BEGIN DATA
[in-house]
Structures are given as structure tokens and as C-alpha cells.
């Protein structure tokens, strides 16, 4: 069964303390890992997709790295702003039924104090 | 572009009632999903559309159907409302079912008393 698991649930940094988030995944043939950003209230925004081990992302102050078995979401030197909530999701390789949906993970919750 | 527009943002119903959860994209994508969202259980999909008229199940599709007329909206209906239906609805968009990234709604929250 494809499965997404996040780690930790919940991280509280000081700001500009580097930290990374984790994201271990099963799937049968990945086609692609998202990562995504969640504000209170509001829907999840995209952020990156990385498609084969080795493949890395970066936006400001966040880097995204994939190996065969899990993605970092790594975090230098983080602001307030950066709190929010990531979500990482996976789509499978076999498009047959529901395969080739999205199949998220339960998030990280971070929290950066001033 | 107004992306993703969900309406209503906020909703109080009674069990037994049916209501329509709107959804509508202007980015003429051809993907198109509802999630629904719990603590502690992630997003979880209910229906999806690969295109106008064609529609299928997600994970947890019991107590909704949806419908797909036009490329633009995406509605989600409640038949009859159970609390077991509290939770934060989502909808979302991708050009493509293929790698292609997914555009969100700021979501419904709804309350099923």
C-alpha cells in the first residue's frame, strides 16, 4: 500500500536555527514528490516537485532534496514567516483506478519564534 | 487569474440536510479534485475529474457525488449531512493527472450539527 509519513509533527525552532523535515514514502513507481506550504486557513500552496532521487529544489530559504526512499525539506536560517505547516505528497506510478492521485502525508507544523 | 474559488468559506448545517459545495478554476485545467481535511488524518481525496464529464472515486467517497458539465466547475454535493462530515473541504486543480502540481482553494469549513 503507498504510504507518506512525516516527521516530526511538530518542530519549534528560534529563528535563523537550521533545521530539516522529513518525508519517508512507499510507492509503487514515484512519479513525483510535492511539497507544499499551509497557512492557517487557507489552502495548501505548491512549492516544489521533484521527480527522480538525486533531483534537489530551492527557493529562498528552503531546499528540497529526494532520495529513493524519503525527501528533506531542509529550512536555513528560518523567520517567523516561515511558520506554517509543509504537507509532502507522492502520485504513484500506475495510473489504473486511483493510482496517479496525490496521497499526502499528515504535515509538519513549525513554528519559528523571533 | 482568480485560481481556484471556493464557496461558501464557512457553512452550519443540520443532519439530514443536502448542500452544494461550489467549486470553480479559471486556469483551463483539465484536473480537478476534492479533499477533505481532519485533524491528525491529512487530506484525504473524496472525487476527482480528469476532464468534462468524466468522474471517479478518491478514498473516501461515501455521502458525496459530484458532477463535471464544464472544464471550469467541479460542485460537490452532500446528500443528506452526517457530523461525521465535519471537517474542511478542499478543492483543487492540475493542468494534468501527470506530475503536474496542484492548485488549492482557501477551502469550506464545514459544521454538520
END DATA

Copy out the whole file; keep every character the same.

[in-house]
Structures are given as structure tokens and as C-alpha cells.
């Protein structure tokens, strides 16, 4: 069964303390890992997709790295702003039924104090 | 572009009632999903559309159907409302079912008393 698991649930940094988030995944043939950003209230925004081990992302102050078995979401030197909530999701390789949906993970919750 | 527009943002119903959860994209994508969202259980999909008229199940599709007329909206209906239906609805968009990234709604929250 494809499965997404996040780690930790919940991280509280000081700001500009580097930290990374984790994201271990099963799937049968990945086609692609998202990562995504969640504000209170509001829907999840995209952020990156990385498609084969080795493949890395970066936006400001966040880097995204994939190996065969899990993605970092790594975090230098983080602001307030950066709190929010990531979500990482996976789509499978076999498009047959529901395969080739999205199949998220339960998030990280971070929290950066001033 | 107004992306993703969900309406209503906020909703109080009674069990037994049916209501329509709107959804509508202007980015003429051809993907198109509802999630629904719990603590502690992630997003979880209910229906999806690969295109106008064609529609299928997600994970947890019991107590909704949806419908797909036009490329633009995406509605989600409640038949009859159970609390077991509290939770934060989502909808979302991708050009493509293929790698292609997914555009969100700021979501419904709804309350099923």
C-alpha cells in the first residue's frame, strides 16, 4: 500500500536555527514528490516537485532534496514567516483506478519564534 | 487569474440536510479534485475529474457525488449531512493527472450539527 509519513509533527525552532523535515514514502513507481506550504486557513500552496532521487529544489530559504526512499525539506536560517505547516505528497506510478492521485502525508507544523 | 474559488468559506448545517459545495478554476485545467481535511488524518481525496464529464472515486467517497458539465466547475454535493462530515473541504486543480502540481482553494469549513 503507498504510504507518506512525516516527521516530526511538530518542530519549534528560534529563528535563523537550521533545521530539516522529513518525508519517508512507499510507492509503487514515484512519479513525483510535492511539497507544499499551509497557512492557517487557507489552502495548501505548491512549492516544489521533484521527480527522480538525486533531483534537489530551492527557493529562498528552503531546499528540497529526494532520495529513493524519503525527501528533506531542509529550512536555513528560518523567520517567523516561515511558520506554517509543509504537507509532502507522492502520485504513484500506475495510473489504473486511483493510482496517479496525490496521497499526502499528515504535515509538519513549525513554528519559528523571533 | 482568480485560481481556484471556493464557496461558501464557512457553512452550519443540520443532519439530514443536502448542500452544494461550489467549486470553480479559471486556469483551463483539465484536473480537478476534492479533499477533505481532519485533524491528525491529512487530506484525504473524496472525487476527482480528469476532464468534462468524466468522474471517479478518491478514498473516501461515501455521502458525496459530484458532477463535471464544464472544464471550469467541479460542485460537490452532500446528500443528506452526517457530523461525521465535519471537517474542511478542499478543492483543487492540475493542468494534468501527470506530475503536474496542484492548485488549492482557501477551502469550506464545514459544521454538520